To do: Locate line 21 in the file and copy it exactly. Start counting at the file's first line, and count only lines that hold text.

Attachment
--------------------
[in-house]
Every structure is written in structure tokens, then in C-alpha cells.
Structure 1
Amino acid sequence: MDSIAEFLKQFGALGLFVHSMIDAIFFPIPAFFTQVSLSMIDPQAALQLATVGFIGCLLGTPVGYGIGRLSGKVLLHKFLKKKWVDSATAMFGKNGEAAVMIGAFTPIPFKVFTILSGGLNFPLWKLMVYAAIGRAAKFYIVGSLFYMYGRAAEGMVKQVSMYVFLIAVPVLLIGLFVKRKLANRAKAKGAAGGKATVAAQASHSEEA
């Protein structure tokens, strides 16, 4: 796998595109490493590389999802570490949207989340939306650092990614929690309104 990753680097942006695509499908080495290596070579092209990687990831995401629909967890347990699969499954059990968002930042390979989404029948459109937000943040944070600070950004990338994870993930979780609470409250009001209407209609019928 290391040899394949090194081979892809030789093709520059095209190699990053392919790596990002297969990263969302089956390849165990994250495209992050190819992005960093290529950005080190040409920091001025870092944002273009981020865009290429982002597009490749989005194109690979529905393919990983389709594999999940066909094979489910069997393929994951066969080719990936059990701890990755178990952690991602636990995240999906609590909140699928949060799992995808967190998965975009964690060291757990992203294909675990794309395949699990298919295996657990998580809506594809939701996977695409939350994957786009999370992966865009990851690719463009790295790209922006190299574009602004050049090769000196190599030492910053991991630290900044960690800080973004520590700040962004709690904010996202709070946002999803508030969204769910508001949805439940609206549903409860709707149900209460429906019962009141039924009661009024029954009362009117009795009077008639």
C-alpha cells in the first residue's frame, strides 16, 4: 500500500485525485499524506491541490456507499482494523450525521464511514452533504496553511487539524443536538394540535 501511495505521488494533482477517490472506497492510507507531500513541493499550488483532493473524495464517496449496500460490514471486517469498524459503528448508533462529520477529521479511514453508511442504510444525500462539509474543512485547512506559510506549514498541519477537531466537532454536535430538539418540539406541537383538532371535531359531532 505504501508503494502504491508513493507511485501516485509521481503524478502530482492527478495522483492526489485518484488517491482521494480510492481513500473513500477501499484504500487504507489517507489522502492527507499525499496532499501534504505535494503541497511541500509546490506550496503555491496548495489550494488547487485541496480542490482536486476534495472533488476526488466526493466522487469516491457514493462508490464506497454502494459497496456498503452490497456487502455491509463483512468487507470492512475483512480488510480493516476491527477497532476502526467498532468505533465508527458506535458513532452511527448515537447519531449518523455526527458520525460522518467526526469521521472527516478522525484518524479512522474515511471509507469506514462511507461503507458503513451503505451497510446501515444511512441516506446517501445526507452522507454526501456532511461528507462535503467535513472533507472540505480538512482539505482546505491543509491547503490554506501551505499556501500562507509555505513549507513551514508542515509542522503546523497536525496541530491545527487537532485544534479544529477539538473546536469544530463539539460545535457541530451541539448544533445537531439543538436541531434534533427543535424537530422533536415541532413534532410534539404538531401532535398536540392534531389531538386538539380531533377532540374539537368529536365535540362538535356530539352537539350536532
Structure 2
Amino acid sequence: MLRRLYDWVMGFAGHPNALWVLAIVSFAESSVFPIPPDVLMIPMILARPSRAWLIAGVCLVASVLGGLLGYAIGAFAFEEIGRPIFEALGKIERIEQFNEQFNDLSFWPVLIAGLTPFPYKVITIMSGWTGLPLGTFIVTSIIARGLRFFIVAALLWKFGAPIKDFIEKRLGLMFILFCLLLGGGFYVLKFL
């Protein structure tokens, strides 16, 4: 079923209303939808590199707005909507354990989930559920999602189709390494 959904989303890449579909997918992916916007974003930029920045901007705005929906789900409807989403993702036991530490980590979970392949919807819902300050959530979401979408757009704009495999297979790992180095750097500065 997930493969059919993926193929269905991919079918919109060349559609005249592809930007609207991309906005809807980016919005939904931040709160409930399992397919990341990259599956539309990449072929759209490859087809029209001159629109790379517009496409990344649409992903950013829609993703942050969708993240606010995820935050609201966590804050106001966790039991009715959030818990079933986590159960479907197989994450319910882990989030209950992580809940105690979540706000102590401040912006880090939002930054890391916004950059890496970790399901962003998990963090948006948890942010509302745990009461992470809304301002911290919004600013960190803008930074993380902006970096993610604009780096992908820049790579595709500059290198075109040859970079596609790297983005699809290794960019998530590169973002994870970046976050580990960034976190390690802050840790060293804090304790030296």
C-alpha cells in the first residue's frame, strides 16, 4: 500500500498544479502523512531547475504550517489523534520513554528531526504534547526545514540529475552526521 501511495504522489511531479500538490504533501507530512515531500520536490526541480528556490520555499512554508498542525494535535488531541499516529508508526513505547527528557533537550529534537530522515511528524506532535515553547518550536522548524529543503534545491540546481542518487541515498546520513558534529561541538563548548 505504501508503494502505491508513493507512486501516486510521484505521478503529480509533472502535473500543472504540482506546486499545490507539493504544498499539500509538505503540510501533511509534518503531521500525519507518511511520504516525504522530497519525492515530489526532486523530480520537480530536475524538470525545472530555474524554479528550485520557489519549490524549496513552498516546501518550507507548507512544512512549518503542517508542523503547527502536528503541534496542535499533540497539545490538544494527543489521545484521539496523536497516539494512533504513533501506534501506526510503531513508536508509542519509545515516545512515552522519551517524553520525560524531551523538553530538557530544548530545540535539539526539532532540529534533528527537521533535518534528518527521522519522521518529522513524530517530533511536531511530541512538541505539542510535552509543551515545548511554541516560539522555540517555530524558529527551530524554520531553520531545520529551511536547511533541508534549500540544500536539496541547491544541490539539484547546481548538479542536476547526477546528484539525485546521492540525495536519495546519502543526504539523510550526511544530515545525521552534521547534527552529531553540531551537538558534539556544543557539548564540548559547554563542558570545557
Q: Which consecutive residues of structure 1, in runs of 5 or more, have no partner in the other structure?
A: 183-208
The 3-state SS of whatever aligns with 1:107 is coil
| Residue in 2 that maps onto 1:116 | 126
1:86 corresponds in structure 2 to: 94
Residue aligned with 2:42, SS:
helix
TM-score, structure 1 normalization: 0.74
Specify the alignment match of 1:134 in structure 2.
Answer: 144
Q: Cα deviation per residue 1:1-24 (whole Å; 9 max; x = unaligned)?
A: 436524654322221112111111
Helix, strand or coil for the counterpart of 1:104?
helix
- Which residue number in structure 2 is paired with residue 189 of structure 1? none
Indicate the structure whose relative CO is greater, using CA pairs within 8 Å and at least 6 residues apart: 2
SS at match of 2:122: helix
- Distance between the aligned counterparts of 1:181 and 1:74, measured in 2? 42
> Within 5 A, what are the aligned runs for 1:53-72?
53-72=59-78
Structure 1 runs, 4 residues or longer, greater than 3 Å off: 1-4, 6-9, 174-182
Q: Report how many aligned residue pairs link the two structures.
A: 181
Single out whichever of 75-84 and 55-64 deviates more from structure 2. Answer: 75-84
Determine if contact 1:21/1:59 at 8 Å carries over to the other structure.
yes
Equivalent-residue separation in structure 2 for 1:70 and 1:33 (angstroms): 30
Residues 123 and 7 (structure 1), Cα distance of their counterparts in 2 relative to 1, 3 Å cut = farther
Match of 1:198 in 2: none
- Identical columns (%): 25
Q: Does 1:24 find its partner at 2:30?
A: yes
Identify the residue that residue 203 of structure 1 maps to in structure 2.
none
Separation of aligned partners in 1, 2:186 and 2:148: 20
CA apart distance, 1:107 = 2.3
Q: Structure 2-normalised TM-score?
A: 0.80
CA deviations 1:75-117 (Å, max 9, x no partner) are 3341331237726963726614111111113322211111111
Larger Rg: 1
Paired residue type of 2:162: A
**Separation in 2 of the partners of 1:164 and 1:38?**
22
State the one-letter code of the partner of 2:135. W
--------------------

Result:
Q: Cα deviation per residue 1:1-24 (whole Å; 9 max; x = unaligned)?